Helm joins American Angus Association

ST. JOSEPH, Mo. (F&R) — Anneliese Helm, of Nampa, is a new junior member of the American Angus Association®, reports Allen Moczygemba, CEO of the national organization with headquarters in Saint Joseph, Mo.

Junior members of the Association are eligible to register cattle in the American Angus Association, participate in programs conducted by the National Junior Angus Association and take part in Association-sponsored shows and other national and regional events.

The American Angus Association is the largest beef breed association in the world, with more than 25,000 active adult and junior members.

Angus breeder honored for productivity

ST. JOSEPH, Mo. (F&R) — Circle Z Cattle Co, of Nampa, recently enrolled in the American Angus Association’s MaternalPlus program as a commitment to making genetic improvements in lifetime cow herd productivity, according to a news release.

Breeders participating in MaternalPlus are keenly focused to better evaluate herd reproductive performance, the number one profit driver in the cow-calf industry.

MaternalPlus is a voluntary, inventory-based reporting system that collects additional reproductive trait data to provide Angus breeders and their customers the information they need to make effective selection decisions. To date, more than 140 breeders have completed MaternalPlus enrollment.

The program allows producers to capture cow herd and reproductive performance data; gain faster access to preweaning EPDs as a selection tool; characterize females through heifer pregnancy EPDs tied directly to herd genetics; expand new trait development for Angus reproductive and longevity measures; and streamline their ability to track heifer and cow reproductive records through AAA Login.

In addition, MaternalPlus lays the groundwork for selection tools related to cow longevity in the herd. Gathering these records will allow the Association to cultivate research related to cow herd productivity and make improvements similar to what the Angus breed has witnessed in other economically relevant traits.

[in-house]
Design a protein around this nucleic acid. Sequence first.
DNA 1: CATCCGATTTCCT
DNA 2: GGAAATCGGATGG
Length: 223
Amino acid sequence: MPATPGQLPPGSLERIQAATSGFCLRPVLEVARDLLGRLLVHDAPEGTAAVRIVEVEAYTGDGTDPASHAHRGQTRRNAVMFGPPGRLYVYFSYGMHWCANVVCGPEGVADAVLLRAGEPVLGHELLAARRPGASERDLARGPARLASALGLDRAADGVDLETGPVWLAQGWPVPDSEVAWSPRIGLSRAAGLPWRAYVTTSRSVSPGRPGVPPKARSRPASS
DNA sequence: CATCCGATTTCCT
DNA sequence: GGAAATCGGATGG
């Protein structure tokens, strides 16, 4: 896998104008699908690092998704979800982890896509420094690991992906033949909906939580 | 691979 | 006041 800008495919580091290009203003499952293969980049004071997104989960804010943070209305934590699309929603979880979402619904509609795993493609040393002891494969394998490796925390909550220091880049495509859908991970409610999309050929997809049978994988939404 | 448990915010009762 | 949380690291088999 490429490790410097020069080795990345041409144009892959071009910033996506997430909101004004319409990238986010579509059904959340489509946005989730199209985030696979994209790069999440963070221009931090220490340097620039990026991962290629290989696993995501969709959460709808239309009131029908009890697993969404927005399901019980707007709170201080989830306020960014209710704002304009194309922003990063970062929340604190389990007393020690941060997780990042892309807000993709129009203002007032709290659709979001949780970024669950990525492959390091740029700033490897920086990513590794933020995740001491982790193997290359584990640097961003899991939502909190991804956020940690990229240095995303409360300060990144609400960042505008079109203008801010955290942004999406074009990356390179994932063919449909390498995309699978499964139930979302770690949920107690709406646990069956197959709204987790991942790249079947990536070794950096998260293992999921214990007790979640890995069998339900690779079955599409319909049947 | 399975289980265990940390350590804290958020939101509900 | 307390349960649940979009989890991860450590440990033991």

For more information on MaternalPlus, www.angus.org.

Judge moves to protect missing horse from slaughter

PALOMINO VALLEY, Nev. (AP) — A U.S. judge has extended a protective order preventing the slaughter of a horse named Lady that has been missing since a tribal roundup in Nevada, in a case reflecting a long fight over the capture of wild horses on federal land.

U.S. District Judge Miranda Du in Reno also scheduled an evidentiary hearing next Monday when owner Colleen Westlake will have a chance to prove her contention that the horse she bought from the state last year was taken illegally from her private property by a neighboring Native American tribe.

She fears the mare may have been sent to a slaughterhouse in Canada or Mexico.

Tribal officials say they suspect Lady is still on the high-desert range.

Wild horse advocates have expressed concerns that the Trump administration is moving toward allowing some wild horses to be slaughtered, something the government hasn’t done before and that Congress has prohibited since 2004.

Horse slaughterhouses are prohibited in the U.S. but legal elsewhere, including Canada, Mexico and parts of Europe where horse meat is considered a delicacy.

Lady and other horses in question don’t enjoy U.S. protections because they aren’t in established federal herd management areas. They’re either feral horses under the jurisdiction of the state or tribal sovereign governments.

The judge refused to apply the protective order to more than 270 other horses rounded up in early January by the Pyramid Lake Paiute Tribe and a contractor trying to recover horses they say strayed from the reservation 30 miles north of Reno.

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